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The views expressed are those of the author and do not necessarily reflect the views of ASPA as an organization.
By Lydia Asana
The Role of Public Administrators
Irrespective of the location of a public organization be it governmental or nongovernmental, there are basic expectations of public administrators geared toward ethical and responsible service. The American Society for Public Administration highlights among others, the call to promote the public good, respect for existing government constitutions and laws and promote social equity and exercising personal integrity.
For those involved in international endeavors, the scope of recommended, and to some extent required skills and expectations grows. The call to respect the rights and dignity of all people becomes more of a challenge when practices and norms appear foreign or misunderstood because they are unfamiliar. There is a need for public administrators involved in international work to engage in the purposeful pursuit of transnational as well as transcultural leadership skills. This may be even more necessary for those working with the African continent that boasts diversity on a number of distinct, yet related levels.
Take the example of Cameroon, a West African nation that, like Canada, is officially bilingual with English and French as the official languages. Unlike Canada, French is the predominant language while English-speaking Cameroonians are the minority. To this, add the existence of 24 major African language groups and by some accounts well over 300 dialects. Each group may practice distinct traditional beliefs, sub-cultures and numerous variations of vernacular languages.
Cameroon often referred to as Africa in miniature, is also diverse in terms climate, with lush tropical climate along the coast to semi-arid hot climate in the north. The terrain is equally varied with plains, plateaus and grasslands as well as an active volcano. All of this within a land area slightly bigger than the state of California. In addition to heightened levels of diversity, great disparities in wealth exist with a small percentage of the population living in affluence while the majority is living well below the poverty level.
With all these factors in mind, the importance of transnational leadership skills cannot be overemphasized. Transnational skills encompass many of the traits of transcultural abilities with the added element of crossing national boarders. Crossing boarders may include changes in time zone, differences in national laws and recalculation of budgets because of changes in currency and exchange rates. Public administrators involved in international work can quickly develop the particular skills needed for their specific project and target population. However, the key to success often lies in simply expecting differences, respecting diversity and being willing to learn from anyone, indeed everyone involved in the project. Top executives of the target region may provide standard policy and procedural information. However, it is often the field representatives, and even members of the population being served, who can provide key cultural expectations and advice on the most successful means of approaching the main gatekeepers within their society. It is worth noting that these considerations may also be relevant not only for public administrators involved in international work, but those working with diverse, cultures within the same nation or community.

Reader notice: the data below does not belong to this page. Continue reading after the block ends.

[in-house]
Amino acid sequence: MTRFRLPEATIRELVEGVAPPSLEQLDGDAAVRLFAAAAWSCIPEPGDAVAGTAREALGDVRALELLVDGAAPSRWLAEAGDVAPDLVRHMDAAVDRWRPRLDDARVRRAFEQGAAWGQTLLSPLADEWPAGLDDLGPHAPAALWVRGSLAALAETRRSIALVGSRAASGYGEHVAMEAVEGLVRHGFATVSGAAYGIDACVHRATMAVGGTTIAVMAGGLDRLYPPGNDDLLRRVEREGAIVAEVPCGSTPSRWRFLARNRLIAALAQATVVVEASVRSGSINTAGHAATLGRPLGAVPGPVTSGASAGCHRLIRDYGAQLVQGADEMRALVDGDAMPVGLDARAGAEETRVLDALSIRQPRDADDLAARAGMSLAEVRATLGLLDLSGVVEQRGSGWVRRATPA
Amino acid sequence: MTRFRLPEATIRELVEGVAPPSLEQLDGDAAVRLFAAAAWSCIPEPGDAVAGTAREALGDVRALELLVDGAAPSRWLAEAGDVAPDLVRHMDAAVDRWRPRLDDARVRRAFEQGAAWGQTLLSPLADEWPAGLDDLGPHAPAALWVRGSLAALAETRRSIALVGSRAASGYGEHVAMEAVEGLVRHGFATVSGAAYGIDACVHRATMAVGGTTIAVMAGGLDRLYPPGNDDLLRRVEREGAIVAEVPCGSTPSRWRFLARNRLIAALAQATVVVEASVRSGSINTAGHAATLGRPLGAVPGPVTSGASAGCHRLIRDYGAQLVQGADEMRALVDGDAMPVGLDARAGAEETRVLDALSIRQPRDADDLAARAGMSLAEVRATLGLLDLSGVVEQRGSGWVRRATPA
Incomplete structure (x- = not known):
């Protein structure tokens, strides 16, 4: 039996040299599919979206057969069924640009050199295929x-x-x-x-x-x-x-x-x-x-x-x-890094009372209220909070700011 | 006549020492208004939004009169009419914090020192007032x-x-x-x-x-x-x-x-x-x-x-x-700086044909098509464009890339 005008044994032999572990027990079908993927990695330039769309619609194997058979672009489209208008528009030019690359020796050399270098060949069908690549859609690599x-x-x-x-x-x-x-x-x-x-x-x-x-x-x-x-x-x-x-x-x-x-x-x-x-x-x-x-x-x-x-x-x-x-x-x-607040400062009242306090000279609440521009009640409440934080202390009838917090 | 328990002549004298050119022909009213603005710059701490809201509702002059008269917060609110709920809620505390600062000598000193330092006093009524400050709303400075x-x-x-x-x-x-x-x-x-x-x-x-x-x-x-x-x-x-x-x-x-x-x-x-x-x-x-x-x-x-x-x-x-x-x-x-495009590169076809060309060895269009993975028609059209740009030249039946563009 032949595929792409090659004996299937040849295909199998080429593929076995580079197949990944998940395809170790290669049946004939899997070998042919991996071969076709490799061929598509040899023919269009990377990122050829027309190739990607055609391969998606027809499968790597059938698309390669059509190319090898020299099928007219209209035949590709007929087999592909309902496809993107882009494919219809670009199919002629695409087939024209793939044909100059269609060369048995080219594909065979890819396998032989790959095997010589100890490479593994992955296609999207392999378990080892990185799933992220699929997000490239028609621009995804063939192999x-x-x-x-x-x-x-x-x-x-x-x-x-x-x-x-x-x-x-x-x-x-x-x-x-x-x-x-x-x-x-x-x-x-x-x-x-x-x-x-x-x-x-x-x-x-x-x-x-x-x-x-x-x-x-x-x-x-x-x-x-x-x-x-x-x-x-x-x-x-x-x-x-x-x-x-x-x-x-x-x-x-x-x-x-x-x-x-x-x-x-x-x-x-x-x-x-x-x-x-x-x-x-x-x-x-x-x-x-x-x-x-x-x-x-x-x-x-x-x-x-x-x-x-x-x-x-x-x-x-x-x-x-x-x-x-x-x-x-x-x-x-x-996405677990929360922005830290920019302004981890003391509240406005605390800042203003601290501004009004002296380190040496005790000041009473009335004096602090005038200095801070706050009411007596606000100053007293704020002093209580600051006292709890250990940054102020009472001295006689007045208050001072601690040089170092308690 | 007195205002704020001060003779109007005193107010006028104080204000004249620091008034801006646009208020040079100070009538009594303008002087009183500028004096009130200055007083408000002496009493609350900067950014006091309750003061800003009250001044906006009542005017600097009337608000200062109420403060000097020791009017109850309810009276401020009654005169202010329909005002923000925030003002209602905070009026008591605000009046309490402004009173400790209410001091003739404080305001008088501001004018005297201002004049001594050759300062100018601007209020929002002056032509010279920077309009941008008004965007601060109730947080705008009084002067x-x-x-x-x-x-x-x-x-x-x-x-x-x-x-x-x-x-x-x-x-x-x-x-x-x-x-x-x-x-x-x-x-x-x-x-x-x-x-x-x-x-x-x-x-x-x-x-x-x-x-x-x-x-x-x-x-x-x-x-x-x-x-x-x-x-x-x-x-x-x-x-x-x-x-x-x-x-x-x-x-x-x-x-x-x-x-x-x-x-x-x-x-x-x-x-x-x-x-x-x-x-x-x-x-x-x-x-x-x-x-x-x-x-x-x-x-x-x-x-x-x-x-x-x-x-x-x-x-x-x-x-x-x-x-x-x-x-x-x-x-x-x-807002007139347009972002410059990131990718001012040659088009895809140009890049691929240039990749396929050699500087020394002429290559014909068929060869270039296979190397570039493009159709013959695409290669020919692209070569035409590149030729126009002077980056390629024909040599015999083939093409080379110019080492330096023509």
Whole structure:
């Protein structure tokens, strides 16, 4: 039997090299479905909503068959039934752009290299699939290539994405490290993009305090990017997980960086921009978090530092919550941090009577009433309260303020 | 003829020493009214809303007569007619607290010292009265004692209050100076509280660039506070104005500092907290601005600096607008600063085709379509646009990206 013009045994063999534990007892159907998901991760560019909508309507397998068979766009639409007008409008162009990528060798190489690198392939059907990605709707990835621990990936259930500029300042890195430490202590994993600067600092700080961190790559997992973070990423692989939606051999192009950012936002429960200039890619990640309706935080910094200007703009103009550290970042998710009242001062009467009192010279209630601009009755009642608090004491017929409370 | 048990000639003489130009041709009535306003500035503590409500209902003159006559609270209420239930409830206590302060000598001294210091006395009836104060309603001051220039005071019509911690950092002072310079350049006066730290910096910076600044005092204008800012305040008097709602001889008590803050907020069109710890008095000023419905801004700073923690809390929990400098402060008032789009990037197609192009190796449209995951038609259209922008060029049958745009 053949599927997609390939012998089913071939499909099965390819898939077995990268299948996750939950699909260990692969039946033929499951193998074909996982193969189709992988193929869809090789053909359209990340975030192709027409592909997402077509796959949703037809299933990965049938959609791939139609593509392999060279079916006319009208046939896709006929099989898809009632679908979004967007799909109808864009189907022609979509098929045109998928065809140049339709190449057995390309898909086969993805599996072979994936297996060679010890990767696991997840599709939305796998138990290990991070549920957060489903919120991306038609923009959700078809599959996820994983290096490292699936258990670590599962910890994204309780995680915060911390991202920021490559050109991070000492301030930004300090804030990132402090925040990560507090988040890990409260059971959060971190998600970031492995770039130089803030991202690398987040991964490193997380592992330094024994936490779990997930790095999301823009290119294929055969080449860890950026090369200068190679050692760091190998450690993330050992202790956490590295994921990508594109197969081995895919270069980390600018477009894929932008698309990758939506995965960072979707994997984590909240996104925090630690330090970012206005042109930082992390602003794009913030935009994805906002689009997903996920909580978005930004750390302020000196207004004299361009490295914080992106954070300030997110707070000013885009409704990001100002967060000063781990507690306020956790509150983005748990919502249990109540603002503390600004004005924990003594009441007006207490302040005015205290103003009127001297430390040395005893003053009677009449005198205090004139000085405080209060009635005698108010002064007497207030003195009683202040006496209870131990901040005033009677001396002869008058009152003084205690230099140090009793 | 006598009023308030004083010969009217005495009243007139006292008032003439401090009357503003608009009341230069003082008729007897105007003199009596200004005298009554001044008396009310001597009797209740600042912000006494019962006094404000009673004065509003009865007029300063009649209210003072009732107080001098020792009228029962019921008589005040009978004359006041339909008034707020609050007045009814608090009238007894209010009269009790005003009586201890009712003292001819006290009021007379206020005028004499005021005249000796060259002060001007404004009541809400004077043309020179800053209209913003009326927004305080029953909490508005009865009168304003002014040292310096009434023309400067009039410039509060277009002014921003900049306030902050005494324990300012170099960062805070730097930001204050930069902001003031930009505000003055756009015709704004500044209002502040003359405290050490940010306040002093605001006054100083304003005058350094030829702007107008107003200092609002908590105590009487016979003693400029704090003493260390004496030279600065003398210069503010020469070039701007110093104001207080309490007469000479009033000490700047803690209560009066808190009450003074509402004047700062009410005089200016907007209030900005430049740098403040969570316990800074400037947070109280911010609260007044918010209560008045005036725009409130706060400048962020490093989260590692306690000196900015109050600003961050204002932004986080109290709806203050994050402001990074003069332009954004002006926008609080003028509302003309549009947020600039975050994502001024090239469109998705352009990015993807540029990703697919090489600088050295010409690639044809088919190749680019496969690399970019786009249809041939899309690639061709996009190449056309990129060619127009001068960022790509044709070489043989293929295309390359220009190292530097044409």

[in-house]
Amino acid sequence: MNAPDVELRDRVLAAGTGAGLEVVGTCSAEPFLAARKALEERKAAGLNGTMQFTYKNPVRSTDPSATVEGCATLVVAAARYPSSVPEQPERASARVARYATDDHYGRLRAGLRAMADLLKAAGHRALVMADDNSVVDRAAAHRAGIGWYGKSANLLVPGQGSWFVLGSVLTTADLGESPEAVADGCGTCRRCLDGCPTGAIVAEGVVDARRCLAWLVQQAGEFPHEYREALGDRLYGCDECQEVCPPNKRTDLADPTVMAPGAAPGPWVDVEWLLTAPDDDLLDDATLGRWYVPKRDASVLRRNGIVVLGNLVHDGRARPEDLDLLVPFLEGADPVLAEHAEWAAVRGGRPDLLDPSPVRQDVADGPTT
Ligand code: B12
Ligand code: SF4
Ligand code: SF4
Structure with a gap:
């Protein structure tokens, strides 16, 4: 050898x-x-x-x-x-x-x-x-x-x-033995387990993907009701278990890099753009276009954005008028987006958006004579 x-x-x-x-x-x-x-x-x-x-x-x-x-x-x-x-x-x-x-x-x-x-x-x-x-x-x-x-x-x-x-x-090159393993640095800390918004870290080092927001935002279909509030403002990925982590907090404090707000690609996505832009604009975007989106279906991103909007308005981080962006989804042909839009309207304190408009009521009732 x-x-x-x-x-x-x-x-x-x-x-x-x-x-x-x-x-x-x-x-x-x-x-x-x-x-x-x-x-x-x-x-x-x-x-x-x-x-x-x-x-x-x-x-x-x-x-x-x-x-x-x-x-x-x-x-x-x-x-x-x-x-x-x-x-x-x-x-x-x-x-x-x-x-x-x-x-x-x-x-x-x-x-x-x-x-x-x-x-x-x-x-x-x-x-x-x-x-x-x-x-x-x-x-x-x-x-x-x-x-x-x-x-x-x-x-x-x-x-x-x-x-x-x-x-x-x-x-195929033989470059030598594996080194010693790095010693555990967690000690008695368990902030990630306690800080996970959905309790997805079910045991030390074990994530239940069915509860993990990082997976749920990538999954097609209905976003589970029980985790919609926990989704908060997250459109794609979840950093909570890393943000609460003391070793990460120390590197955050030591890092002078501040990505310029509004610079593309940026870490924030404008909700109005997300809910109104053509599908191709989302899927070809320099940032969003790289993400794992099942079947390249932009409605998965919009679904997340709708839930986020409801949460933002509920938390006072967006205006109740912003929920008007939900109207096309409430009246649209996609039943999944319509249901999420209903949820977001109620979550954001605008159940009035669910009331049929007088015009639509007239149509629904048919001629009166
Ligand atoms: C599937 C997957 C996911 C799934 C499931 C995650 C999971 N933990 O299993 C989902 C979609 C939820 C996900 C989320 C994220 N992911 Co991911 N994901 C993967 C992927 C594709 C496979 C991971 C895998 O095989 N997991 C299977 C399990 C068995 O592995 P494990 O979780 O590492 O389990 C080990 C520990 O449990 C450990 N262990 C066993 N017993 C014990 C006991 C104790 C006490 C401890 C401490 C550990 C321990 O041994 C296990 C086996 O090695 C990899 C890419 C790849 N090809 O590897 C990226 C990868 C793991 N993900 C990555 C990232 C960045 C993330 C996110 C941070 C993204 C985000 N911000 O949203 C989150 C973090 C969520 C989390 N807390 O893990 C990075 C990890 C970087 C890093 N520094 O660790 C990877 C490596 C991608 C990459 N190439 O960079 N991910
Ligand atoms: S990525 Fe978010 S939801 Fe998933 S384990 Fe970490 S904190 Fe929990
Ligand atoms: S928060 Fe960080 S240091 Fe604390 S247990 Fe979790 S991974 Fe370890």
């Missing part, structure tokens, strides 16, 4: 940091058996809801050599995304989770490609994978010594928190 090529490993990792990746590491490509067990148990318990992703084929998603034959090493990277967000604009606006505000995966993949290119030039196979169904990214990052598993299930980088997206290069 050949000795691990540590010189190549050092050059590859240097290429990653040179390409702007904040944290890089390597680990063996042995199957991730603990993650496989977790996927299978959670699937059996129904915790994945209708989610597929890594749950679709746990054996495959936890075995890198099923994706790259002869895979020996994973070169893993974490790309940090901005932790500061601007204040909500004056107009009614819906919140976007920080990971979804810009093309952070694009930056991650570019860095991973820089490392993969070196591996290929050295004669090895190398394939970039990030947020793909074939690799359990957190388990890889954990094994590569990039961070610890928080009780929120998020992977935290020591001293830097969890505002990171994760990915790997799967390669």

Tools for Successful International Public Service
The ability to observe the behavior of a person or group and determine which aspects are common to others, which aspects are unique to the individual or group and what aspect of the behavior is cultural is a skill that has been termed cultural intelligence. Cultural intelligence is a skill that facilitates successful interactions in cross-cultural and multi-cultural settings. As opportunities for global communication, travel and projects increase, cultural intelligence is a skill that can benefit businesses, nonprofits and even individuals. Although individuals with significant international experience may posses these skills to a greater extent than others, it is a skill that can be enhanced. In a 2009 Ethnic and Racial Studies article, AnnaTriandafyllidou suggests that transcultural skills may be seen as a form of capital. Individuals with such skills can be instrumental in addressing societal concerns involving diverse populations in a single community, or across national boarders.
Based on my international experiences gained from living on three continents and years of working with an international nonprofit organization, here are five suggestions for public administrators engaged in international and/or cross-cultural services:
While it is important for public administrators to know and practice the ethical principles and standard processes of their respective offices, administrators involved in international work should add transnational as well as transcultural awareness and skills to their toolkit for success. Acknowledging differences, expecting a learning curve and embracing opportunities to implement and build their transnational skills could be just as important to the success of a proposed project as the planning and implementation of the initiative.